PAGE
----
- President Muhammadu Buhari has spoken about the qualities he saw in Major-General Farouk Yahaya that prompted him to appoint the officer as COAS
- Yahaya replaced Lt General Ibrahim Attahiru, who died in a plane crash with ten other military personnel while on an official trip to Kaduna state
- Attahiru came into office amid the security challenges in the country ranging from kidnapping, banditry, and insurgency in the northeast
Lagos state - President Muhammadu Buhari has justified the appointment of Major-General Farouk Yahaya as the Chief of Army Staff (COAS).
According to The Nation, the Nigerian president told Arise TV during an interview on Thursday, June 10, that one of the reasons for selecting Yahaya ahead of other superiors was because of his experience in fighting Boko Haram in the northeast.
The president stated that an additional factor was that the general had the support and understanding of the troops.
The appointment of Yahaya had created controversy and speculations that there is going to be a mass retirement of some generals in the Nigerian Army.
However, the Defence Headquarters claimed the reports were untrue.
President Buhari faults critics on appointments
Meanwhile, the Nigerian president has also dismissed the suggestion that appointments under his administration are based on ethnic grounds.
He argued that his appointments are strictly based on merit, arguing that he cannot jettison seniority and merit for balance and federal character.
Buhari explained that it would be wrong to favour those who have spent shorter years in service over those that have stayed longer.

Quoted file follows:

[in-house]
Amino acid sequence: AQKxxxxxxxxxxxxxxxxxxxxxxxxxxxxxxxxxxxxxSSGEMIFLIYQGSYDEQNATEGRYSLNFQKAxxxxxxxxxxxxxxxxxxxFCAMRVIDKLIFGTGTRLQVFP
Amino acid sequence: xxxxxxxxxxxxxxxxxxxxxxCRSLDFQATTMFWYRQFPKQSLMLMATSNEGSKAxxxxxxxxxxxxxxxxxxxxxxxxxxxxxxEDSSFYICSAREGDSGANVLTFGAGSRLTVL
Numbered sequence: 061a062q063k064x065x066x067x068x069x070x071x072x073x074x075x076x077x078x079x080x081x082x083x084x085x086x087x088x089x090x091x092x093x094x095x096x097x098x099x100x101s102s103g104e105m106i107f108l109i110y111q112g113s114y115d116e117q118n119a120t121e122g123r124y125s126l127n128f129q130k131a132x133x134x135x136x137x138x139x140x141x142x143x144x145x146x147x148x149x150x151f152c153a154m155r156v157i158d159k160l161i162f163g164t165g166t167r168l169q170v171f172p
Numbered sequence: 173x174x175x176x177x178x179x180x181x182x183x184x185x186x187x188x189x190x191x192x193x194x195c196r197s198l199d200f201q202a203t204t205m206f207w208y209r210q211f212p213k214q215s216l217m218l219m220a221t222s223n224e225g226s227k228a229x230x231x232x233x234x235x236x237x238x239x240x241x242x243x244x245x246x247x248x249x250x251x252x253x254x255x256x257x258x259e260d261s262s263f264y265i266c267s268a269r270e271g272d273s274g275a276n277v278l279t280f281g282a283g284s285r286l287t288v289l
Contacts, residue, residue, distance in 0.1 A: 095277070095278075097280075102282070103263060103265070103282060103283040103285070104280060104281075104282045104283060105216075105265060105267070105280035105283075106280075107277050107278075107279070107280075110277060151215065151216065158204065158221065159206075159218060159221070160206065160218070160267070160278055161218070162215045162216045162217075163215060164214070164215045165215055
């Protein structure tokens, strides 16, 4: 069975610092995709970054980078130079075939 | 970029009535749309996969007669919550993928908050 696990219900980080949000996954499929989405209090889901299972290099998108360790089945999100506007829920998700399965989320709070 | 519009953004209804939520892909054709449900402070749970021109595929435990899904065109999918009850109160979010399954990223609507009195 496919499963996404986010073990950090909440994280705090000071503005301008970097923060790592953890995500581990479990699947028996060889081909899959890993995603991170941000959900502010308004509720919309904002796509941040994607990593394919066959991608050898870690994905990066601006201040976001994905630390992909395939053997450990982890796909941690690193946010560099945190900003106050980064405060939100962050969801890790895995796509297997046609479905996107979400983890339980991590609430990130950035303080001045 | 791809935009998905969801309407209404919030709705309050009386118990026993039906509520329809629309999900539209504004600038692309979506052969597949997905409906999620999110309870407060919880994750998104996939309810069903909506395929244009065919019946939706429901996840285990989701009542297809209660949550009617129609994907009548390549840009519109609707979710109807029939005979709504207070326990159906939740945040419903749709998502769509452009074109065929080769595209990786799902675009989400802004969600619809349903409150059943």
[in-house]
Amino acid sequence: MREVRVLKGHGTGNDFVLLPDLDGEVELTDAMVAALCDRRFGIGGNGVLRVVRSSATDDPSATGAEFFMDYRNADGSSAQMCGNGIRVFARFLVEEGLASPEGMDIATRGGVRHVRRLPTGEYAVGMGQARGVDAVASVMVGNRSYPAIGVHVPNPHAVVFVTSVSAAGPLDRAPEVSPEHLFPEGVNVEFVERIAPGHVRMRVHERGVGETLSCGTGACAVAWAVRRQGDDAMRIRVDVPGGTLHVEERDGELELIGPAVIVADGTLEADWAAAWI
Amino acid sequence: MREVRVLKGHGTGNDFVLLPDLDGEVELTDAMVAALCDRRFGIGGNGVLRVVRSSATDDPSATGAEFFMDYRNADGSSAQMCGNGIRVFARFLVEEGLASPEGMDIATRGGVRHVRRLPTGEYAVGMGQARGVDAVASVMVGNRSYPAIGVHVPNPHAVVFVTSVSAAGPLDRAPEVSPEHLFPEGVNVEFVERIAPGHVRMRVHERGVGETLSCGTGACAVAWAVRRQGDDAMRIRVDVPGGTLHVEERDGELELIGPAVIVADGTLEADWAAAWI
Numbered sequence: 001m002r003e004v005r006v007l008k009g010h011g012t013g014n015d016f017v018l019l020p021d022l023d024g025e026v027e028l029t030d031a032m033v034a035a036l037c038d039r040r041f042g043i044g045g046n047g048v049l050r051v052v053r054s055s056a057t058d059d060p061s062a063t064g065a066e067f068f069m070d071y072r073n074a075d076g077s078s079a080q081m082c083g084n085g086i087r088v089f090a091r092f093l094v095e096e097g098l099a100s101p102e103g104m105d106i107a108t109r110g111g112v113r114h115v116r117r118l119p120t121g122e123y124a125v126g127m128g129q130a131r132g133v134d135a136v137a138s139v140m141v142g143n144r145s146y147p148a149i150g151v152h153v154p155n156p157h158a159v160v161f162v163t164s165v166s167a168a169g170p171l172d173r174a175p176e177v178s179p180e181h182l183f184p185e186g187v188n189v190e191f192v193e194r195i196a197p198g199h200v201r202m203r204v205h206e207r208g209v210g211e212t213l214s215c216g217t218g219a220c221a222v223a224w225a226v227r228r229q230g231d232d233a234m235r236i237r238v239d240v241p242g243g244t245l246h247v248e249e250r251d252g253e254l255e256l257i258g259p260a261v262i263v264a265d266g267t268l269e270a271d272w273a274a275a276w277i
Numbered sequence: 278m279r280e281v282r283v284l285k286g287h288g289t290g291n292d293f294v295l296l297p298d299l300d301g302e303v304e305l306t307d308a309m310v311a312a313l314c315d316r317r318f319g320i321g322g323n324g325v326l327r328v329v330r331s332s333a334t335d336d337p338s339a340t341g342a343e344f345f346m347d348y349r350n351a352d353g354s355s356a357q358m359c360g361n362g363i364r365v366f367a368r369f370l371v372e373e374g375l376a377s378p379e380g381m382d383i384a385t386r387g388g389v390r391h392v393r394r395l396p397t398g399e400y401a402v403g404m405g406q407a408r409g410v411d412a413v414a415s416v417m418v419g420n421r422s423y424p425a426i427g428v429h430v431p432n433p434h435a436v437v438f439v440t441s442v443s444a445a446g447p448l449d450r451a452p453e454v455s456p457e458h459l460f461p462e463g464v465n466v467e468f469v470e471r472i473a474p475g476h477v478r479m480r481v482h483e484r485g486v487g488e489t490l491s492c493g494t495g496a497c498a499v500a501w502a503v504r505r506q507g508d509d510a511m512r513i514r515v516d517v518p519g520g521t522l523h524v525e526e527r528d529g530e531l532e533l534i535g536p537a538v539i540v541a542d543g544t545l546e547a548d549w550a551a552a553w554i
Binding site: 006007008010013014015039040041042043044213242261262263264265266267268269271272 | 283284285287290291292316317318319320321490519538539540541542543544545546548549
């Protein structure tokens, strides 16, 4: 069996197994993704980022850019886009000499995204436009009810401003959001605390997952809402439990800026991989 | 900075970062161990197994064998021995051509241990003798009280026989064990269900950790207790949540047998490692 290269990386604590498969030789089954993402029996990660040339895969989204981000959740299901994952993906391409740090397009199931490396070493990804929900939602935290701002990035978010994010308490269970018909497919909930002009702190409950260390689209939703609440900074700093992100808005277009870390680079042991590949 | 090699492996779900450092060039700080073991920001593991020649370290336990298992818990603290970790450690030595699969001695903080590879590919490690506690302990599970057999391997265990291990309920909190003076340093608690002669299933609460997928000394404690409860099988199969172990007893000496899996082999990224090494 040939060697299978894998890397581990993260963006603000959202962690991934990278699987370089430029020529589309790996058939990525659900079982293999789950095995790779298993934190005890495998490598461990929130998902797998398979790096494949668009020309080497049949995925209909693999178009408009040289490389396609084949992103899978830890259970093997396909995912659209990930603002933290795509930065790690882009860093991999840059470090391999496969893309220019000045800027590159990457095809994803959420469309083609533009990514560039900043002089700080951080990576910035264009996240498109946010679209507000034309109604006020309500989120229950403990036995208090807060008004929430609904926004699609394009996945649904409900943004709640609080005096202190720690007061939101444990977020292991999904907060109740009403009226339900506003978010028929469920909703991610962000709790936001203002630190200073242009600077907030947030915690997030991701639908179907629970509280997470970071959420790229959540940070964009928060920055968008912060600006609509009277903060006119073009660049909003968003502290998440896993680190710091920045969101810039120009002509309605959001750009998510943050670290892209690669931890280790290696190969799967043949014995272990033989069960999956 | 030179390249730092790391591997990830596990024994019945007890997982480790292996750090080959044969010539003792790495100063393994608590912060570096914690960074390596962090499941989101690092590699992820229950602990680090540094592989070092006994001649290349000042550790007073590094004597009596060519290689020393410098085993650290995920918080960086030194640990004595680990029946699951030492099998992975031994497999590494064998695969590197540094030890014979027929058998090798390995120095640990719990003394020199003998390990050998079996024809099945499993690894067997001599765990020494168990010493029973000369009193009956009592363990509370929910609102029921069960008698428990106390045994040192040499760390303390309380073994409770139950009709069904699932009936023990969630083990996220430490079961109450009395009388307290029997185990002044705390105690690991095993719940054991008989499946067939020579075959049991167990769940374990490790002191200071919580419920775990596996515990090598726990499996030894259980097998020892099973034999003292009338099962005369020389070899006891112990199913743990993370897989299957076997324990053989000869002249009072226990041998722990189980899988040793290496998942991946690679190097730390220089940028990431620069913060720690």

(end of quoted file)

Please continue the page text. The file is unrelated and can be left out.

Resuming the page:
The president highlights causes of insurgency
In another report, President Buhari has explained that Boko Haram has been largely successful in Nigeria because of youth unemployment and poverty.
The Nigerian leader said he believes his government has done a lot to fight the terrorists but the problem in the North-East is very difficult
He said the majority of the terrorists are citizens of the Federal Republic of Nigeria.
Abductors of Niger Islamic students demand ransom
Meanwhile, the abductors of the over 136 students and staff of Salihu Tanko Islamiyya School, Tegina, in the Rafi local government area of Niger state are demanding the sum of N110 million as a ransom for the safe release of the victims.
Channels Television reported that the bandits also threatened to kill the victims should the school or their parents fail to meet their demands this week.
The headteacher of the school, Abubakar Alhassan disclosed this to journalists on Tuesday, June 1, adding that the bandits’ call came in about 4:00 pm on Monday, May 31.